The persistent lurching sensation began as I drove my car down the tight country road. I looked down to see if I had fuel, but a half tank remained. I quickly rationalized that the lurch must be an uneven road surface. My car passed over a creek and came upon a small home with red slat siding and decaying shake shingles. Just then the car lurched again, the dashboard lights came on, and I rolled to a stop in front of the home. I shifted into park and switched off the ignition. Not wanting to believe that there could be yet another problem with my vehicle, I tried in vain to turn over the motor. A feeling of dread sank in as I realized that my car had stranded me yet again.
Just six weeks earlier I had purchased my car, a compact sedan, for $1500 cash from the family of an elderly man who had just quit driving. My father had cautioned me that “you get what you pay for” and recommended that I spend enough to get something reliable. However, I had rationalized that the car had fairly low mileage and I couldn’t imagine that it would need much maintenance. Besides, I wanted to spend my money on other things.
My $1500 car ran well for the first month until one day when it failed to start in front of a friend’s home, and I was forced to spend over $500 on a new fuel pump, not to mention the cost of towing and lost salary from missing work that day. I had shrugged it off and figured that after the repair, the car should be good to go for a while. But now, only two weeks later, I was stranded again, and I wondered what it was going to cost me this time around?
Three hours later, and after paying for yet another tow, the mechanic quickly diagnosed the problem as an alternator and battery issue. Parts, labor, and the tow to the mechanic’s shop came to another $500. I looked at him pleadingly: “Do you think that my car will be alright to drive for a while after this?” “Hard to say,” the mechanic grunted, wrenching on a bolt.
I should have taken the mechanic’s uncertainty seriously. I was less than a month after this second costly repair that my car began smoking and burning inordinate amounts of motor oil. I ignored the problem at first, but after a while it was obvious that something needed to be fixed, so I again took my car into my mechanic. This time he diagnosed my car with two burned engine valve stems, a problem that requires the motor be rebuilt or replaced. Either of these choices would set me back over $1200. Given my car’s history, I suspected that even if I replaced the motor, something else would go wrong. After struggling with the decision for a few days, I decided to sell the car to a scrap yard and start over with a newer, nicer car. This was my first and my last “cheap” car.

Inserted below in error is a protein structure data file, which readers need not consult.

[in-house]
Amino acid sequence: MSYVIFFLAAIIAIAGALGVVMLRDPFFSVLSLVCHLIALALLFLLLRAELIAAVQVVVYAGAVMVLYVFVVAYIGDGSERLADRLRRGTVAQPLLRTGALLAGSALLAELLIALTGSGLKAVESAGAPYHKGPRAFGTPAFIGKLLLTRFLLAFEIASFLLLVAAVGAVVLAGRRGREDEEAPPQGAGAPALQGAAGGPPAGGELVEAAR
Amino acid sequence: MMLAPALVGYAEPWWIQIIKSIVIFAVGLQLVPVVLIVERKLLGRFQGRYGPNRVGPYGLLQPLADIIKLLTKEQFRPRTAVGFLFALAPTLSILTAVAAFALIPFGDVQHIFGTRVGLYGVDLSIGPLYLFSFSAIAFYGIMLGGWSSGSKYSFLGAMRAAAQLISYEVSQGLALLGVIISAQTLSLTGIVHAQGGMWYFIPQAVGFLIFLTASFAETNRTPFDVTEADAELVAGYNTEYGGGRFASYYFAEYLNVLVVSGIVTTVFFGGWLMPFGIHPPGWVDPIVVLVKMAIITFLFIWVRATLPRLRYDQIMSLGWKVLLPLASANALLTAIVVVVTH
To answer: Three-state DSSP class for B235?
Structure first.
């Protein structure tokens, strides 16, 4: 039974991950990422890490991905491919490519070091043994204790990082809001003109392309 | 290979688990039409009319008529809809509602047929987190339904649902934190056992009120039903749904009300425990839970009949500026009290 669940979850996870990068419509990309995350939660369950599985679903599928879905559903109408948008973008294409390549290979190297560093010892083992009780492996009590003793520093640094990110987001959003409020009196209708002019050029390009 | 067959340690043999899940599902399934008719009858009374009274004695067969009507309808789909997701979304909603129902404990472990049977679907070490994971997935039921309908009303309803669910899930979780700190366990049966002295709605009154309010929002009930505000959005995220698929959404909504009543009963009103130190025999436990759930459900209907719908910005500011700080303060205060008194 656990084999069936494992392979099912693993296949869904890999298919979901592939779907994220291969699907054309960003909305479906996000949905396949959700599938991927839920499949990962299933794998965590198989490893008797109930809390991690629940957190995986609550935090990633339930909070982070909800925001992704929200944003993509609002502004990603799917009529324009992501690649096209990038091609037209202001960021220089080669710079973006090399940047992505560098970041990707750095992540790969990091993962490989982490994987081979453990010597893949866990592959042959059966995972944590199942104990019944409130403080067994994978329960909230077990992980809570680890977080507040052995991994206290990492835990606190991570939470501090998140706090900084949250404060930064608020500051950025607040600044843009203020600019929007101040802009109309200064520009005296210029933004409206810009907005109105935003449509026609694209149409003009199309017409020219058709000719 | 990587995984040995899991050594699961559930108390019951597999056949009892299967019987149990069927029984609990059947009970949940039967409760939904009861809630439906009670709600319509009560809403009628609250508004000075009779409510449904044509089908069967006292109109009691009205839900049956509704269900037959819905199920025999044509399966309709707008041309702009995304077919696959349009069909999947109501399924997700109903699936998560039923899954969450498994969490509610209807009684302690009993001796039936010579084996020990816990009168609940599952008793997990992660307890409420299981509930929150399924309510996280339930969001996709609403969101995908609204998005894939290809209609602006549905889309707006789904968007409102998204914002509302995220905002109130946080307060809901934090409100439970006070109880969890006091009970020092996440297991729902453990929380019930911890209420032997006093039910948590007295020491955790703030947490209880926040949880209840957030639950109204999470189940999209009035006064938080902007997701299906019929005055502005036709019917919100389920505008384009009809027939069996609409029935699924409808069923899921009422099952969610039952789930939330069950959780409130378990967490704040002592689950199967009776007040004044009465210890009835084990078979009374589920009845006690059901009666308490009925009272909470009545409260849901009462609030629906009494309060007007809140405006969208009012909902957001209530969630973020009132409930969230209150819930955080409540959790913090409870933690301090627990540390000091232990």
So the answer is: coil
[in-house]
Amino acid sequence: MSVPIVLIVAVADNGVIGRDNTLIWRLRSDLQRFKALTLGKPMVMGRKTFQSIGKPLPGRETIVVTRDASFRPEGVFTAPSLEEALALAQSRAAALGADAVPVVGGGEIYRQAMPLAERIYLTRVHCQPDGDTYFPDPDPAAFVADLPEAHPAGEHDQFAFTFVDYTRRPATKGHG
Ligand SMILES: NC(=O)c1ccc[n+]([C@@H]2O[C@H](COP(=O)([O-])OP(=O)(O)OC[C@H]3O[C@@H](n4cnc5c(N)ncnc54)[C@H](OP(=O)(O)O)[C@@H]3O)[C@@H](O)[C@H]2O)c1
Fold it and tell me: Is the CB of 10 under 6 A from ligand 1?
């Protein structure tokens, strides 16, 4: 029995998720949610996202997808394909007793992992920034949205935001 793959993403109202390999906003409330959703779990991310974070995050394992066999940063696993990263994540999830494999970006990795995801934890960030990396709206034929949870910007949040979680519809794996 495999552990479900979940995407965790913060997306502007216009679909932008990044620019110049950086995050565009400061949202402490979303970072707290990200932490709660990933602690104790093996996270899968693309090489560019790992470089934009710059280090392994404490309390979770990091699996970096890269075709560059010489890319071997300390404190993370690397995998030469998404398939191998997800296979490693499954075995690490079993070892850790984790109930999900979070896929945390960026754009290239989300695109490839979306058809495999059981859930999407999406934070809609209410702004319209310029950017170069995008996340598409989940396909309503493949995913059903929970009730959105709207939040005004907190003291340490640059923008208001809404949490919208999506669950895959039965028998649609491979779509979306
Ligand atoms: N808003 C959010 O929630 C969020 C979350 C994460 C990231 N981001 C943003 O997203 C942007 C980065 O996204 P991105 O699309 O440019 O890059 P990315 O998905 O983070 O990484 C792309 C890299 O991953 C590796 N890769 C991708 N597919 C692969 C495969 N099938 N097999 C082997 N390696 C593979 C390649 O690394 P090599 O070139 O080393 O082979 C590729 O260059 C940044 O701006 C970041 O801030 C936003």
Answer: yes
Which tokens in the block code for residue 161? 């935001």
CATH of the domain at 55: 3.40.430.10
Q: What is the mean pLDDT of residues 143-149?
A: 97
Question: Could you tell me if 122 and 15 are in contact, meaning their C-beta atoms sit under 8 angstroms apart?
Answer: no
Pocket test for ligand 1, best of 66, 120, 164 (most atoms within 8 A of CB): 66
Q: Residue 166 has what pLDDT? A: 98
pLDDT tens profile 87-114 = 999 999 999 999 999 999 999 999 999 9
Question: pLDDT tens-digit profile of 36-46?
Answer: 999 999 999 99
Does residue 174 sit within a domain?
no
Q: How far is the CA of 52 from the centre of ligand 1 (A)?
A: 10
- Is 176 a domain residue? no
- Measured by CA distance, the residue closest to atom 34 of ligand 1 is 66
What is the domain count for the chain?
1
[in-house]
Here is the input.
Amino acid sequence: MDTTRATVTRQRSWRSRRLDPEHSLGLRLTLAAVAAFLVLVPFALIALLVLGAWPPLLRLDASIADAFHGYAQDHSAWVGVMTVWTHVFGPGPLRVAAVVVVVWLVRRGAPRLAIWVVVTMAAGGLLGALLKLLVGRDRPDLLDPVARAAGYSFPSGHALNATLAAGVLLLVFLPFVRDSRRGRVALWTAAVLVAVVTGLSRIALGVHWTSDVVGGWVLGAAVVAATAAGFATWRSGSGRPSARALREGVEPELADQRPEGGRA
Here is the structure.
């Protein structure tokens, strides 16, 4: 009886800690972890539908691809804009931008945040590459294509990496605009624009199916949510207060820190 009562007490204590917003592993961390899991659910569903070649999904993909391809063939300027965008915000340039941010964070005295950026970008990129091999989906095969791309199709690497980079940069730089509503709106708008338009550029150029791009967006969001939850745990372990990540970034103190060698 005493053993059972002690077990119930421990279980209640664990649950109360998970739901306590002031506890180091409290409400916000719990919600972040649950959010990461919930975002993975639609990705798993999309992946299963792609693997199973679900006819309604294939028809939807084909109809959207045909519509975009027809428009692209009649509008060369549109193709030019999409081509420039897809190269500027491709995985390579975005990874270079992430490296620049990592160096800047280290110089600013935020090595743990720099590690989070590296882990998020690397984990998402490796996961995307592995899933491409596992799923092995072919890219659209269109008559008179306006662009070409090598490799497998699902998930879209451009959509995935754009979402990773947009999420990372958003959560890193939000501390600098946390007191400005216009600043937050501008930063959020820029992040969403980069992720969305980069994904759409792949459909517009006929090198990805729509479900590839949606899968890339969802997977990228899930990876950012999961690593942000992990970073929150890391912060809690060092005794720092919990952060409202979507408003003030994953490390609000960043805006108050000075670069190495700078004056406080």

The story of my cheap car is ironic because over a short period of time, I ended up spending almost double the initial cost of the car just trying to keep it running. I had decided to buy the car because I wanted to save money on the initial purchase, but in the end, it turned out to be quite an expensive decision. My dad was right, and I would have been money, time, and stress ahead if I had just followed his advice to invest in a quality car from the beginning. In the years since I purchased my “cheap” car, I have found that it is always worth investing in quality goods and services.
Now that I am an attorney, I see that my dad’s advice to invest your money in quality is just as true for getting a will or trust as it was about buying cars. There are many “cheap” estate planning options available. Non-qualified internet “experts”, do-it-yourself will and trust drafting software, bank and financial account designations, and even property title changes are some of the common cheap options that I encounter. I even see some attorneys offer really cheap, boiler-plate wills and trusts from time to time. Although the initial costs for these estate planning options are cheaper than hiring a good attorney to execute an estate plan customized to your needs, the trouble with the cheap options is that they are cheap!
Cheap estate planning options are usually based on cookie-cutter documents that may not even work for you. In working with clients who have previously used cheap estate planning options, our firm often finds mistakes that expose clients to huge risks, planning that doesn’t fit the client’s needs, and tax mistakes from supposedly “cheap” planning that costs people lots of tax dollars. To put it differently, I have helped many clients who previously made the same mistake I made when buying a “cheap” car: they confuse the upfront cost of getting an estate plan in place with overall cost.
By investing in a quality estate plan from the beginning, you will find that you save money, protect your family and loved ones, and prevent a lot of headaches and trouble. Effective estate planning involves the coordination of all the variables of your life. A good estate plan must to be tailored to your individual needs, which is why you should involve an attorney who will make the effort to create a plan that is customized to work for you.
My law firm specializes in providing customized, high quality estate plans for a very good value. We will take the time to understand your circumstances, and prepare wills, trusts, entities, or other documents that fit your unique needs. In my next article, “The Right Estate Plan for You” I will explore some of the scenarios my firm encounters in planning for our clients and how we address our clients’ needs with customized planning. In the mean time, please call me with any questions you have.
Attorney and Counselor at Law
Allegis Law, PLLC
Disclaimer: My intent in writing this article is to describe estate planning, and this information should not be construed as providing legal advice. Your individual circumstances may not fit what I have written, and you should seek personal advice and counsel from an attorney or tax professional.